We could sum up the tragic shipwrecked life of King Saul by saying that you don’t serve God by doing what he did. Why not re-examine is life and see what made Saul the man who wasn’t after God’s heart. Or as I have come to look at Saul after sorting and sifting through all God left for us—25 ways to be sure that your life will amount to nothing!
1. Neglect God’s Leadership of your life so that you underestimate the strength of your enemy—and get completely defeated. 1st Samuel 13.1-7
King Saul faced a whole new type of enemy, he was the King—and he didn’t even know how strong his enemies were! The times since Joshua’s conquest had produced a whole new type of enemy. Fresh in from the islands of the Mediterranean, the sea peoples settled on the coasts and mixing with the ancient inhabitants became the Philistines. Saul needed God to defeat his enemies. So do we. Saul neglected God’s leadership and failed. So will we if we also neglect to allow God to lead our lives.
1 Peter 5:8 Be sober, be vigilant; because your adversary the devil walks about like a roaring lion, seeking whom he may devour. NKJV
If you want to waste your life—neglect God’s Leadership of your life so that you underestimate the strength of your enemy—and get completely defeated. 1st Samuel 13.1-7.
2. Get impatient and use your impatience as an excuse to do your own thing instead of obeying God. We can’t serve God by—Impatience. “Then he waited seven days, according to the time set by Samuel. But Samuel did not come to Gilgal; and the people were scattered from him” (1 Samuel 13:8).
Saul was impatient with God’s plan. He sought the approval of man before he sought the approval of God.
If you want to waste your life—get impatient and use your impatience as an excuse to do your own thing instead of obeying God. We can’t serve God by—Impatience.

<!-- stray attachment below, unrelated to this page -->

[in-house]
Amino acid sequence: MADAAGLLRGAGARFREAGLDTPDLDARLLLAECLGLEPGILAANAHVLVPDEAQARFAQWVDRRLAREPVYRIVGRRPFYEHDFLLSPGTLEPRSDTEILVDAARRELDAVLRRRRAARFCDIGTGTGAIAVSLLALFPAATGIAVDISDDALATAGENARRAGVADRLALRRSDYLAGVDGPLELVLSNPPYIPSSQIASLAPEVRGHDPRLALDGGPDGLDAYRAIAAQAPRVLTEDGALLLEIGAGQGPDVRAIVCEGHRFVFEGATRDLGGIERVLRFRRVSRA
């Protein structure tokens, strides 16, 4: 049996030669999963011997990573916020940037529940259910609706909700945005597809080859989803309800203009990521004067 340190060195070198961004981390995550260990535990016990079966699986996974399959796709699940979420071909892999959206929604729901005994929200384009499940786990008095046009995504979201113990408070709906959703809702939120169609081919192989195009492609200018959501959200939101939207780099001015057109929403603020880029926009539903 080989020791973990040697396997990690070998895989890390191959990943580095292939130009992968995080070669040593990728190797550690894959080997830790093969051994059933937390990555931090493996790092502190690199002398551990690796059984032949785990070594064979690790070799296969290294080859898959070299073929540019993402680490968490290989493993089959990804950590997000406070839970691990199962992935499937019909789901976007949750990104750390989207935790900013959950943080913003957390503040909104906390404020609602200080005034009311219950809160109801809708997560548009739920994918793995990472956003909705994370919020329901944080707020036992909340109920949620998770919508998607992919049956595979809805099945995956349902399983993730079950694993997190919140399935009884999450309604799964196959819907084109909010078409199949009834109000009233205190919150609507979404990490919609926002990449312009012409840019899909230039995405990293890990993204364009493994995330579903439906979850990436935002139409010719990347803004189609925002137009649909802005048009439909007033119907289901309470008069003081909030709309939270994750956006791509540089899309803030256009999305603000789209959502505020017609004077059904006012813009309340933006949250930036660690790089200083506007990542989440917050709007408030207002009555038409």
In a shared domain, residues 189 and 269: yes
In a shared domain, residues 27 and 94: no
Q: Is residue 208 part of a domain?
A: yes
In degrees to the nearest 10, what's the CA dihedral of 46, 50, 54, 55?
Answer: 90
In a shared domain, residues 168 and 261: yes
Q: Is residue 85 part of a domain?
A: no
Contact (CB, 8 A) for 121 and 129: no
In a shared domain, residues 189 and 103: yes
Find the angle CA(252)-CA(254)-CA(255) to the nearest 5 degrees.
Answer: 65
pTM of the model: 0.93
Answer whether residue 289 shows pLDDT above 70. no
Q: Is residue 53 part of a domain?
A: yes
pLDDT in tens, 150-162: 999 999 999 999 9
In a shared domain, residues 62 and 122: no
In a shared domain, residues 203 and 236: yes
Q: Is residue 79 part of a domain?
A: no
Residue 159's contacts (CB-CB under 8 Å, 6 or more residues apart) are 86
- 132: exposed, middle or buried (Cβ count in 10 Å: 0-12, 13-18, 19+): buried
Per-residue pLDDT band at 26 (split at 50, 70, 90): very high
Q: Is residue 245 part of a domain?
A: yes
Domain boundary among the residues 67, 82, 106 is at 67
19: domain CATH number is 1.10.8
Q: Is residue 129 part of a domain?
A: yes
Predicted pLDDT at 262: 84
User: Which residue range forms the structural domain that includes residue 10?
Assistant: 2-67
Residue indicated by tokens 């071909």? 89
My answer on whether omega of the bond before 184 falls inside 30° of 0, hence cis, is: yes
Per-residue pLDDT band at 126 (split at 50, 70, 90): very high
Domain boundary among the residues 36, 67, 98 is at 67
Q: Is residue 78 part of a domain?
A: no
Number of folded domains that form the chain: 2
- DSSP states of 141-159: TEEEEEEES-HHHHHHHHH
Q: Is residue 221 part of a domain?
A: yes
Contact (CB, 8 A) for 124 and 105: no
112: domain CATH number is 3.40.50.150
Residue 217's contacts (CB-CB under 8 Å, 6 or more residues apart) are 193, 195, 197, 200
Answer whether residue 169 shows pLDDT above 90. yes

3. Neglect your primary responsibilities that God has entrusted to you by only taking care of your own needs. We can’t serve God by—Neglect. “So it came about, on the day of battle, that there was neither sword nor spear found in the hand of any of the people who were with Saul and Jonathan. But they were found with Saul and Jonathan his son” (1 Samuel 13:22).
Saul neglected to provide for those entrusted to his care. He made sure he had what he needed to defend himself, but not that those he cared for were armed for the battle. In the New Testament, God says such a person is worse than an infidel:
“If anyone does not provide for his own, and especially for those of his household, he has denied the faith and is worse than an unbeliever” (1 Timothy 5:8).
If you want to waste your life—neglect your primary responsibilities that God has entrusted to you by only taking care of your own needs. We can’t serve God by—Neglect.
4. Get so out of touch with the battle raging around you—that God can be doing mighty things, and you miss them completely. We can’t serve God by–Lazy indifference. “AND SAUL was sitting in the outskirts of Gibeah under a pomegranate tree which is in Migron. The people who were with him were about six hundred men. Ahijah the son of Ahitub, Ichabod’s brother, the son of Phinehas, the son of Eli, the Lord’s priest in Shiloh, was wearing an ephod. But the people did not know that Jonathan had gone” (1 Samuel 14:2-3).
Saul became lazy and indifferent; he was unaware of his son, the battle, and even the victory. He missed it all!